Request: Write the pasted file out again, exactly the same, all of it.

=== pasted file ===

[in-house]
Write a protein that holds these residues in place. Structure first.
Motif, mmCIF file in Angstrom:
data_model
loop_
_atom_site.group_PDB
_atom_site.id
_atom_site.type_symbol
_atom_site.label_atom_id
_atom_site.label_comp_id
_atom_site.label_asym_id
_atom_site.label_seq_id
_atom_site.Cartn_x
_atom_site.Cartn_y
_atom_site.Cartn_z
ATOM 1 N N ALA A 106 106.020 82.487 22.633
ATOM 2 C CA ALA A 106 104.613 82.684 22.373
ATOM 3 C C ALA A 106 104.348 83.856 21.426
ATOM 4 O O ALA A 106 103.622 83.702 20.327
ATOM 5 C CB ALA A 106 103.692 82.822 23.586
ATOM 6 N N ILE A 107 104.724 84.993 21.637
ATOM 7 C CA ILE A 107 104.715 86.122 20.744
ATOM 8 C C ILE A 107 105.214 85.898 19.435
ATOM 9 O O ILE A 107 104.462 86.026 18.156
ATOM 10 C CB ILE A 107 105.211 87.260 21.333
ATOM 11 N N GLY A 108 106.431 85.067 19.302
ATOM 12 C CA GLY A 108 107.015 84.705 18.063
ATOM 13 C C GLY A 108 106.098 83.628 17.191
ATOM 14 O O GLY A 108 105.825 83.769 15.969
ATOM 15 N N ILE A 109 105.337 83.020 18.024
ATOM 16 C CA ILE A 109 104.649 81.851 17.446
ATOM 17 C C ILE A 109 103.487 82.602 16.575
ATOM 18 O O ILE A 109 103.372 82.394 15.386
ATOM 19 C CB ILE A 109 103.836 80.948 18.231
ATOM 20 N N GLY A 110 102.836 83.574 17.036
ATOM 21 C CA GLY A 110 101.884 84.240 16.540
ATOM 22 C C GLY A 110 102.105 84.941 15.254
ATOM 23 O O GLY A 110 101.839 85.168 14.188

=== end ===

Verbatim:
[in-house]
Write a protein that holds these residues in place. Structure first.
Motif, mmCIF file in Angstrom:
data_model
loop_
_atom_site.group_PDB
_atom_site.id
_atom_site.type_symbol
_atom_site.label_atom_id
_atom_site.label_comp_id
_atom_site.label_asym_id
_atom_site.label_seq_id
_atom_site.Cartn_x
_atom_site.Cartn_y
_atom_site.Cartn_z
ATOM 1 N N ALA A 106 106.020 82.487 22.633
ATOM 2 C CA ALA A 106 104.613 82.684 22.373
ATOM 3 C C ALA A 106 104.348 83.856 21.426
ATOM 4 O O ALA A 106 103.622 83.702 20.327
ATOM 5 C CB ALA A 106 103.692 82.822 23.586
ATOM 6 N N ILE A 107 104.724 84.993 21.637
ATOM 7 C CA ILE A 107 104.715 86.122 20.744
ATOM 8 C C ILE A 107 105.214 85.898 19.435
ATOM 9 O O ILE A 107 104.462 86.026 18.156
ATOM 10 C CB ILE A 107 105.211 87.260 21.333
ATOM 11 N N GLY A 108 106.431 85.067 19.302
ATOM 12 C CA GLY A 108 107.015 84.705 18.063
ATOM 13 C C GLY A 108 106.098 83.628 17.191
ATOM 14 O O GLY A 108 105.825 83.769 15.969
ATOM 15 N N ILE A 109 105.337 83.020 18.024
ATOM 16 C CA ILE A 109 104.649 81.851 17.446
ATOM 17 C C ILE A 109 103.487 82.602 16.575
ATOM 18 O O ILE A 109 103.372 82.394 15.386
ATOM 19 C CB ILE A 109 103.836 80.948 18.231
ATOM 20 N N GLY A 110 102.836 83.574 17.036
ATOM 21 C CA GLY A 110 101.884 84.240 16.540
ATOM 22 C C GLY A 110 102.105 84.941 15.254
ATOM 23 O O GLY A 110 101.839 85.168 14.188